Common Core State Standards: Conducting short research projects that build knowledge about a topic; integrating information presented in different media or formats to develop a coherent understanding of a topic; citing specific textual evidence when writing or speaking to support conclusions.

5. Watch Out, Texas Exes

According to an old proverb, “revenge is a dish best served cold.” According to a zoo in the state of Texas, it is also a dish that can be served to zoo animals. In a darkly humorous bit of marketing, the San Antonio Zoo is offering patrons a chance to name rats or cockroaches after ex-boyfriends, partners or girlfriends — just before they are fed to animals and gobbled down. According to the zoo’s website, patrons can pay $5 to name a cockroach after an “ex” before it is fed to a larger animal as a meal. For deeper revenge, patrons can pay $25 to name a frozen rat for a former boyfriend or girlfriend before it is fed to a snake. “You can also symbolically purchase an herbivore option and we will feed it to one of our mammals,” the zoo said. The feed-a-rat opportunity is part of the zoo’s “Cry Me a Cockroach” fund-raising campaign to raise money to support zoo operations. The feedings will take place on Valentine’s Day February 14. The “Cry Me a Cockroach” campaign is an unusual and funny effort to raise money for the San Antonio Zoo. With a partner, use the newspaper or Internet to read a story about an institution or group that would benefit from a fund-raising campaign. Brainstorm an unusual or humorous idea for fund-raising that would get people’s attention and make them want to take part. Give your campaign an eye-catching title and write a paragraph detailing why you think it would be a success. Share ideas with friends or classmates and discuss which ones people like best.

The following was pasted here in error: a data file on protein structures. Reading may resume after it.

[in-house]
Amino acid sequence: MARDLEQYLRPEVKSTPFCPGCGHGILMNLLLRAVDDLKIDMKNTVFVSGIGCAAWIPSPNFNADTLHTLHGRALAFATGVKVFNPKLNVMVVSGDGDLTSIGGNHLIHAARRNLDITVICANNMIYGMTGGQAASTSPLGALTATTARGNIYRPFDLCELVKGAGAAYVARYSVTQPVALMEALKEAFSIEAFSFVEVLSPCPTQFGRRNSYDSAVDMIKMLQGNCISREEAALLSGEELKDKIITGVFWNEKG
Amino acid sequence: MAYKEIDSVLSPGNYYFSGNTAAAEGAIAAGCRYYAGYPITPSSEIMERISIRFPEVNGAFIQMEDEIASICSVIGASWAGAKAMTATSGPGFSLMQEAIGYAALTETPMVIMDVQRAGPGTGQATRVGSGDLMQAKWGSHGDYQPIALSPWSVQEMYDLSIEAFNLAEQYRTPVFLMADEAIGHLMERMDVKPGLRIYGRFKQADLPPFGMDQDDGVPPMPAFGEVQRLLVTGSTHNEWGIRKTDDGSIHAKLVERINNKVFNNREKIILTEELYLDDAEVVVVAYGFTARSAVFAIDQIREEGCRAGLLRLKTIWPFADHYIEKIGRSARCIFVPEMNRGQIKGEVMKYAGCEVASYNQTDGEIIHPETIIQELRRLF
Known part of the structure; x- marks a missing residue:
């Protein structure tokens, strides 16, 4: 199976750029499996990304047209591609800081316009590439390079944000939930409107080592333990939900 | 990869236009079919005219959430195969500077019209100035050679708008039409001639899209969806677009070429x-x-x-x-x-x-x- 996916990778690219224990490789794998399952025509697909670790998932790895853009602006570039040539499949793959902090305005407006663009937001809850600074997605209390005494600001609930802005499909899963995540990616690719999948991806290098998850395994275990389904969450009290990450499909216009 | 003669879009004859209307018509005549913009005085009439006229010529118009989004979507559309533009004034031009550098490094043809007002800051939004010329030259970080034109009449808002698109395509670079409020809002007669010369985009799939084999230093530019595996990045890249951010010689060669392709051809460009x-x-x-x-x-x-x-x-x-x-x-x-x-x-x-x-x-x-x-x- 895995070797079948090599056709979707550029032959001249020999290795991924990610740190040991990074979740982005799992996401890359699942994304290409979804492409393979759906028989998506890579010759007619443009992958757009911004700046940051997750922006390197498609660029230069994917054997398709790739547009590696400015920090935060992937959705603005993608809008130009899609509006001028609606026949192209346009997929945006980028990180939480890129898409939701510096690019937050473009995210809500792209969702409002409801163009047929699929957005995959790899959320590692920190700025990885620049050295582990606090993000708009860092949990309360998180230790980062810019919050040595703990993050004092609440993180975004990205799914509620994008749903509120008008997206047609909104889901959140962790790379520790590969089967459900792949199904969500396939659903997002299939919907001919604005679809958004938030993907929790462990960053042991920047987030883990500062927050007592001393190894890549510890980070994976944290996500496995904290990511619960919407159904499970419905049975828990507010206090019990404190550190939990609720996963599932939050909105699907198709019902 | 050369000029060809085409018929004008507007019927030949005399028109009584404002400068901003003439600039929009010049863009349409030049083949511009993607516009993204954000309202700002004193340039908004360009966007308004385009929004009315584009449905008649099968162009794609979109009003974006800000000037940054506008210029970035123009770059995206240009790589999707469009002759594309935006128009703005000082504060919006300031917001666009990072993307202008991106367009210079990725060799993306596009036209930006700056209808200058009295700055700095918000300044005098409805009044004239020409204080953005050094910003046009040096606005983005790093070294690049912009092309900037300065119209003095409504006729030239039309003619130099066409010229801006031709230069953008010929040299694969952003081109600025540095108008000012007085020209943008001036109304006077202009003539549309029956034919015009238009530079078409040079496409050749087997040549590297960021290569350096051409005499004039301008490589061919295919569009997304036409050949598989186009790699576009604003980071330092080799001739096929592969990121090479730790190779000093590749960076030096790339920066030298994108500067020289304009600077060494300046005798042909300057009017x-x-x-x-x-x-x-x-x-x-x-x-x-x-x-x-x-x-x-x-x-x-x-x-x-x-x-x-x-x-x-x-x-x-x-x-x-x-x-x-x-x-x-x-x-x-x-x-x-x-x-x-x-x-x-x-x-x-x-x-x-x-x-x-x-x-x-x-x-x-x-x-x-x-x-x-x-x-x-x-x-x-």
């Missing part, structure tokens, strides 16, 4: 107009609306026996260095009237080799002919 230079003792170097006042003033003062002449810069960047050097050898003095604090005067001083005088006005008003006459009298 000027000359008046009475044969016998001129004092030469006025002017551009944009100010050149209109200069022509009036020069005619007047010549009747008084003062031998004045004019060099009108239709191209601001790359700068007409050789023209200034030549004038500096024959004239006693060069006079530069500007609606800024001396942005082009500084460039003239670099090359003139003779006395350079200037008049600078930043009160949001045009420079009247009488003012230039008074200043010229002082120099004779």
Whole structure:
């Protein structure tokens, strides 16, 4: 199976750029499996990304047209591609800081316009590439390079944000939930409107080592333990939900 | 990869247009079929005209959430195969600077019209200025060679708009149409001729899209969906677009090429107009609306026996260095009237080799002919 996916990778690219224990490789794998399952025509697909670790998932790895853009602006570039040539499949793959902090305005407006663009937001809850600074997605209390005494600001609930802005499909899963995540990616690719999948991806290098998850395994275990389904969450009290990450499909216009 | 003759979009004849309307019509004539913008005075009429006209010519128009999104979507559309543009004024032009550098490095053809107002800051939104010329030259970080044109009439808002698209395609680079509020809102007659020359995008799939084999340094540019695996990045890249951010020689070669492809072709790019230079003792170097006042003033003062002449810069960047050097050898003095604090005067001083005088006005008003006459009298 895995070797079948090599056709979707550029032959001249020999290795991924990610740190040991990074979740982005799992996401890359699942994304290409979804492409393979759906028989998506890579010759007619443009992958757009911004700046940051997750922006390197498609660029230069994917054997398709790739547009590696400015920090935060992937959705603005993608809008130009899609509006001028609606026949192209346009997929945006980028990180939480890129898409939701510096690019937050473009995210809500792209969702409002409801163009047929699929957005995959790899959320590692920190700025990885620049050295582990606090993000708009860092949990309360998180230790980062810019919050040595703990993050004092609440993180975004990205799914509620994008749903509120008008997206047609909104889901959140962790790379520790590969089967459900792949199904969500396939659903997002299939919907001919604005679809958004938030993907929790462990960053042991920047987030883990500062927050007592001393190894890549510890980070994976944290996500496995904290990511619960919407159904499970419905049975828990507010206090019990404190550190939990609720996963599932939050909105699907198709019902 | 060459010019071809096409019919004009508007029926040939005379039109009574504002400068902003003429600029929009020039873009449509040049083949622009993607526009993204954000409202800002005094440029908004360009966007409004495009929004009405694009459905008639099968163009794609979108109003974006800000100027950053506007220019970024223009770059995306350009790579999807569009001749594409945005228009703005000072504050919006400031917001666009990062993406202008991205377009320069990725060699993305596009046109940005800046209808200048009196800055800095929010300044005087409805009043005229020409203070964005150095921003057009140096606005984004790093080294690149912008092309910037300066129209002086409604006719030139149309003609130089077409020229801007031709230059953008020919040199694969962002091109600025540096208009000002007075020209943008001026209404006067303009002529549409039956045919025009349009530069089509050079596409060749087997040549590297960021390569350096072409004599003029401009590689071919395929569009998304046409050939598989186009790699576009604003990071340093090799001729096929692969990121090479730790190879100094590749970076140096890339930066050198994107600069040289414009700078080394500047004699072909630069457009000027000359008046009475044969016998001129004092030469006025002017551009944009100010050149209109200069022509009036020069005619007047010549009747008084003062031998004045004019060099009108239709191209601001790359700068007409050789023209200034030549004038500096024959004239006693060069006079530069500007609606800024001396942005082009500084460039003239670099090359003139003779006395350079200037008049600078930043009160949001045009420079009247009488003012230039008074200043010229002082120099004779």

Common Core State Standards: Producing clear and coherent writing in which the development, organization and style are appropriate to the task; integrating information presented in different media or formats to develop a coherent understanding of a topic.